The Souls of the Faithful Departed


Day 2.

I wanted to start in the morning, but it’s 10:30 pm.  Didn’t make it again.

November 2 is a strange day.  The Catholics commemorate “all of the faithful departed.”  That used to be called “All Souls Day.”  All Souls really makes more sense.  Much more inclusive than merely the “faithful departed.”


There are many souls I might choose to remember today.  My grandparents, my parents, my sister, some friends, a lot of cats.  I can only think of one of those who might fall into the realm of the “faithful departed” and that would be my maternal grandmother.  Chet went to church really regularly and seemed to have a great deal more faith than any of the rest of the family, in spite of all the curve balls life threw at her.  She fit the grey light of November really well.  Lost her husband at an early age, lost her health caring for her younger sisters, lost one of her grand-daughters to cancer at a young age as well, but she kept on believing that there was a reason, a greater good for all this.  She was five feet tall and skinny.  She passed in 1980.

Chippy, my maternal grandfather was a non-believer, at least in the Catholic stuff.  He believed in teaching history, coaching basketball and track and field, going fishing, and gardening.  He lived at the Jersey shore, was a very funny man, and seemed to have loved every minute of his life.  He was the light of Chet’s doctrinaire belief.  And he passed on so young, from a blood clot.  (Ya Blood Clot, stealing away such a fine man too soon!)  He passed in 1957.

My paternal grandparents were the true believers.  They believed thoroughly and totally in the greater good provided by a higher power.  And they had even less reason than the maternals to do so.  They grew up Jewish in Europe, emigrated to the USA during World War I and gave up being Jewish.  The family that stayed in Europe and did not give up being Jewish DIED in the holocaust.  More souls to remember, souls that I never met.

Suze taught sewing and knitting and cooking and opera.  David taught gardening (like Chippy), and music, music, music, all of the classical vein.  They taught about unconditional love and about the beauty of writing letters and the right-life of rolling with what fate gives you, but always looking up, always moving on.  Except for David. . .

They died in 1963: she in February,  and he in September, of a broken heart.  He taught that love can be all that there is and that some unions are made in heaven and cannot survive separation.  Suze was five feet tall and round.  She was born November 15, 1893.

My father, Mark, was a bridge burner.  He did not survive surviving the holocaust.  He carried survivors’ guilt and personal fear with him for his whole life after that.  Believed in nothing.  Except that you always burn a bridge when life gets too close.  Except that nothing is worth getting connected to.  And life will deal you a bad hand, not matter what you do, or how hard you work, or how good you are.   He did not believe in shedding tears over anything.  I’ve shed thousands for him.  He died on May 18, 1986.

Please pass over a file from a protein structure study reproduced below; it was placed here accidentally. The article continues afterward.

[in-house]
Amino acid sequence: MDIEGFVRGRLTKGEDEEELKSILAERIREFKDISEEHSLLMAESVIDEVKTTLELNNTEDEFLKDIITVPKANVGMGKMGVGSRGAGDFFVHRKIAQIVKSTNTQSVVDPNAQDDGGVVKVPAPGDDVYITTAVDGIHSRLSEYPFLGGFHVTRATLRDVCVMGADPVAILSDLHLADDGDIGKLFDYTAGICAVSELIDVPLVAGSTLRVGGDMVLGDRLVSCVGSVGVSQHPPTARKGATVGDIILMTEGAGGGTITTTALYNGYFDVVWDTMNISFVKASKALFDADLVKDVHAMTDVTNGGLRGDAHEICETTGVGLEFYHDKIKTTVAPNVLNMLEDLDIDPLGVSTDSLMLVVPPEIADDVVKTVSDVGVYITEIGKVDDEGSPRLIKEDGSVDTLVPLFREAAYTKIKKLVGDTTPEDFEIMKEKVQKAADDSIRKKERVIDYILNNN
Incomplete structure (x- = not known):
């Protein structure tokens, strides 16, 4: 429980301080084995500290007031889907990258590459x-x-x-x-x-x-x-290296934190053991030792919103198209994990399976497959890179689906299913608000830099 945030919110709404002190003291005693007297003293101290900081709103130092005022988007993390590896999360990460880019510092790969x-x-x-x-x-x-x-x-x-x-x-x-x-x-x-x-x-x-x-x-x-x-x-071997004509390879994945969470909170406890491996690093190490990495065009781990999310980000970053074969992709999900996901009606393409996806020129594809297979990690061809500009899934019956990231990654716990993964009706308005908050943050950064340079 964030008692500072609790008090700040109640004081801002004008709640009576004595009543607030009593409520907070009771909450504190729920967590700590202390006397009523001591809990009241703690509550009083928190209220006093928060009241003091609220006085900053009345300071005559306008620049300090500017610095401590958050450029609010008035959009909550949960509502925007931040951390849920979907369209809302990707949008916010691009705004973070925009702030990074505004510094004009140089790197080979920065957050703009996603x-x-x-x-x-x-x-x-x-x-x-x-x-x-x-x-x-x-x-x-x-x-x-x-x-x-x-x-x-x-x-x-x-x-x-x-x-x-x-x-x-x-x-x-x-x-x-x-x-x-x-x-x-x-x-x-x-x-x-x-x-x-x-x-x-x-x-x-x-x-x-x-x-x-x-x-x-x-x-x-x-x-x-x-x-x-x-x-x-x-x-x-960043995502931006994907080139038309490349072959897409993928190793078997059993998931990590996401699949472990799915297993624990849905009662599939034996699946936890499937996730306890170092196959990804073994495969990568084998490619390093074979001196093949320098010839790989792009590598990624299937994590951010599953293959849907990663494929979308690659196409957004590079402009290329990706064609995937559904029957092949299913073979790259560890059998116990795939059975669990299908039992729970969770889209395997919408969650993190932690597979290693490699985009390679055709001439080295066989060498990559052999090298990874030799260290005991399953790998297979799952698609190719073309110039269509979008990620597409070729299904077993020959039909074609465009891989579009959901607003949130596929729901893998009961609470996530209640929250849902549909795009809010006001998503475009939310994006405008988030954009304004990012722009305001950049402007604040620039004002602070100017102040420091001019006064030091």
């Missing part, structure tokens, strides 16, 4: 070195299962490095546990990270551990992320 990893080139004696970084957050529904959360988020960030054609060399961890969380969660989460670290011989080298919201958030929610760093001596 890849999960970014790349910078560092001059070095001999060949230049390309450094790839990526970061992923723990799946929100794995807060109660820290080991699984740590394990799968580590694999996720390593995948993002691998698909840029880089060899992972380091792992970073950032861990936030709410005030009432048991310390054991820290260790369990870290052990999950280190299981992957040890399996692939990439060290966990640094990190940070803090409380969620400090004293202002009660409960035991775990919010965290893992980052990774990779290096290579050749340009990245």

My mother, Ruth, was a scientist, when women did not do that.  She studied genetics and endocrinology, and worked very briefly on the Manhattan Project.  But she gave it up to marry my father.  I never figured that out.  Raised my sister and I as Catholics, even though she claimed she really didn’t believe in any of it.  Not one of the faithful departed.  Looking back, I never really knew her.  She was alcoholic – all of my youth and young adulthood, I believed it was normal for a person to carry a bottle of scotch around in their pocketbook.  She taught me to pay cribbage and solitaire.  She was probably alone all of her life after she connected with my father.  She was ready to die in 1998, but I rescued her and she spent four years slowly wearing her way down to transition.  She passed on October 29, 2002.

My sister, Susan, was the most complex of all.  I spent my youth hating that she had intruded into the family where for five years I was the only child.  By the time she was a teenager, I was in love with her.  She was fiery and feisty and opinionated and spoiled rotten.  She was beautiful, and cunning and manipulative.  But she was also an artist, and all she ever wanted to do in her life was get out of it.  In her late teens, she ignored an angry, jagged, black mole on her shoulder and five years later died from melanoma.  What a joy that was for her, in spite of how horrible the disease.  The year she spent dying was the best year of her life.  She was born to play Mimi, and did so with grace and glory.  She left us quietly, alone on July 22, 1979.

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There are no faithful departed here.  The idea of commemorating the faithful departed would leave all of these, my beloveds, in the dust, unremembered.  They all had dark lives, suitable for a November remembrance.  I could write a novel to detail their stories.  It would be a little bit depressing, but everything about November is.  But it would also be uplifting, because in each little way, their achieved some great goal, passed some extreme test, taught some great lesson.  They all helped make me who I am, and I’m grateful.  I was born, thanks to all of them, not in November, but on May 16, 1949.


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